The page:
Part o’ the challenge o’ a micromanaging a level’s length is trying to ensure you don’t pad out the level by o’erusing ideas, but don’t neglect good ideas, complicated by the fact that ideas themselves can have multiple subideas within them; & then you have to make sure the length o’ each idea is right. In this case I had quite a few ideas, such as walking gem enemies, alternating falling gems ’bove a ladder, & gems rolling down a hill that I probably could’ve done mo’ with, but would’ve risked making the level too long & tedious. Better to leave players wanting mo’ than wanting less.

In particular, the walking gems could have been complicated in many mo’ ways beyond just having 2 guarding either end o’ a straight hallway. Then ’gain, part o’ me feels those sprites are a bit unfair: their movement is randomized & they move so quickly that it feels like luck whether you can get through them unscathed. They are unquestionably the worst part o’ this level.

Conveyor Slayer

This level used to be called “Steam Engeenius”, but then I realized it has nothing to do with steam @ all. Its current name still feels odd, though: it certainly focuses mostly on conveyor belts, but its a 1st-cycle level that’s quite easy, so the “slayer” part sounds hilariously inapt. It’s like calling “Yoshi’s Island 2” in Super Mario World “Chaos Corner”.

This is ’nother example o’ the “shape level” idea I mentioned before. While trying to design this level I kept envisioning twisty paths that go all o’er, & then back to the start, but I felt that ’twas, rather than being mo’ interesting or “complex”, just messy, & went in the other direction toward an elegantly simple & memorable shape. The original idea was that it’d be a circle, but I found that made actually moving through the level janky, so changed it to a rectangle. It actually looks better this way, since it’s a factory & should look boxy & artificial.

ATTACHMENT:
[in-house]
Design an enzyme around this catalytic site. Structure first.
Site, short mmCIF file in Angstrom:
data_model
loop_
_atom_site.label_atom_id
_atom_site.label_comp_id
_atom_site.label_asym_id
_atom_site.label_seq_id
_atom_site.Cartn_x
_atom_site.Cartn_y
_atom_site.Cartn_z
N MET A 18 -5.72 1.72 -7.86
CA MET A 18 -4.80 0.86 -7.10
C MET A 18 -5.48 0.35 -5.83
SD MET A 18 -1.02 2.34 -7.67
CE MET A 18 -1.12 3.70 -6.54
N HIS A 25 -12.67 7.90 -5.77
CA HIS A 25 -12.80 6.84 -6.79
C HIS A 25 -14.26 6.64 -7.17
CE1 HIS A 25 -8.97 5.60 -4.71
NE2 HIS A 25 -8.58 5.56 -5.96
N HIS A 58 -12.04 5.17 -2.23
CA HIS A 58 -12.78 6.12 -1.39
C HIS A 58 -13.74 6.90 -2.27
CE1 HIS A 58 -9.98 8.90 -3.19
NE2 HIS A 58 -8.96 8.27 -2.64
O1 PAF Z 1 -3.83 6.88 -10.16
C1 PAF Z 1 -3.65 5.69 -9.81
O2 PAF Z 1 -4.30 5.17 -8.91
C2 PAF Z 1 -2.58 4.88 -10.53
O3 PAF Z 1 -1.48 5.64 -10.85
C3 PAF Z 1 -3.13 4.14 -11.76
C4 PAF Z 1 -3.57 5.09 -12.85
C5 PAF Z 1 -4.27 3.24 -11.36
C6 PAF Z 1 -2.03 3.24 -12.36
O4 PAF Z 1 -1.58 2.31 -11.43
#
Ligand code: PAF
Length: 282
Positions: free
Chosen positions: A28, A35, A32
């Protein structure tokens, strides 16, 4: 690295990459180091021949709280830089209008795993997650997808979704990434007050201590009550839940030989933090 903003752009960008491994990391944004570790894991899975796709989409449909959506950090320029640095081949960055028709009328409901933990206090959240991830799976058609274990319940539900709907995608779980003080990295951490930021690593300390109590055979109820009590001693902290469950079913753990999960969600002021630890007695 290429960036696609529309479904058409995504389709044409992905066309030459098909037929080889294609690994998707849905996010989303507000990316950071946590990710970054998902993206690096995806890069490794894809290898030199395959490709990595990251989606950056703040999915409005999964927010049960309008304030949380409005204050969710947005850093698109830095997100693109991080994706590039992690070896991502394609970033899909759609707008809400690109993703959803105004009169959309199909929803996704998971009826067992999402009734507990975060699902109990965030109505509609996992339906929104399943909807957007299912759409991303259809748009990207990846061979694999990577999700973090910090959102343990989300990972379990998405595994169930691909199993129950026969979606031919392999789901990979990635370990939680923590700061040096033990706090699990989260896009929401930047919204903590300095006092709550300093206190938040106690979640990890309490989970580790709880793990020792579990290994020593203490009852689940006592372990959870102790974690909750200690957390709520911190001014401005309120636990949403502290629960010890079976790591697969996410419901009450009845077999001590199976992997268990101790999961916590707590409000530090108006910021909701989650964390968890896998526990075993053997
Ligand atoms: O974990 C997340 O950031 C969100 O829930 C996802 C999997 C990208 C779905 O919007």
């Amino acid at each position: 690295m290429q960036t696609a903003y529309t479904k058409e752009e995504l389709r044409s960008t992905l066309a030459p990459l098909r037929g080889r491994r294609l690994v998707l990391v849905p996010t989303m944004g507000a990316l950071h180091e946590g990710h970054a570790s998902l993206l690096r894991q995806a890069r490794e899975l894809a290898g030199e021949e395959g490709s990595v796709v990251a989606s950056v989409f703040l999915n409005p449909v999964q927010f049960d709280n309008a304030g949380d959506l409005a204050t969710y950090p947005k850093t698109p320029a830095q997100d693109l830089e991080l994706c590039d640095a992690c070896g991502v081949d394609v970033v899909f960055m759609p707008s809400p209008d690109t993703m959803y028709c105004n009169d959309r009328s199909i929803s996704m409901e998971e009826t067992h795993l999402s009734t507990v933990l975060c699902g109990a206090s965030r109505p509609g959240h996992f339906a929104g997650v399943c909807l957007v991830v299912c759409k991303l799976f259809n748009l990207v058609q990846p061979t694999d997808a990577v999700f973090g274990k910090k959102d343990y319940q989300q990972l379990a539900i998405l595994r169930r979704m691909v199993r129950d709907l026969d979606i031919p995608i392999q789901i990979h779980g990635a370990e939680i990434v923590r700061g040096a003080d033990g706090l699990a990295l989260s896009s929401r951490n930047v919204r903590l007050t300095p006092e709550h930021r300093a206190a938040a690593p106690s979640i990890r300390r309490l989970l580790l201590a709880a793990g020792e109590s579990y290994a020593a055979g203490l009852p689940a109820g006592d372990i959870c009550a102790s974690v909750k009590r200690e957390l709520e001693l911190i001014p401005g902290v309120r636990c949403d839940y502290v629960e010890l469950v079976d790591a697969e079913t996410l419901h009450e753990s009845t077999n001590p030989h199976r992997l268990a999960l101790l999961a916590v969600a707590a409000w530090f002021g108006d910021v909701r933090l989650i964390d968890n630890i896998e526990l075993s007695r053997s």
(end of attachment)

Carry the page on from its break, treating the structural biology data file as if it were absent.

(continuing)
Getting this level to work right was mo’ burdensome in terms o’ programming, thanks to a bunch o’ li’l bugs that either got you stuck & made the level unwinnable or made it easy to cheese the level. The absolute worst, & yet something I found quite late, was my realization that collision detection had been wrong this entire time: the saved left o’erlap for something o’er something else ( a block o’er a sprite, for example ) actually uses the formula for o’erlapping from the right & vice-versa. This hasn’t hindered this game much since nothing has used the horizontal o’erlaps yet. However, there’s a glitch I think I mentioned earlier wherein you could jump under the corner o’ a block & jump through the wall, going straight up. In this case, that allows one to skip straight to the end, which is a problem.

The other problem was that if the conveyor shoved one into a wall, they’d get stuck fore’er, which forced me to check whether the player is right next to a wall & make the conveyor not work if so.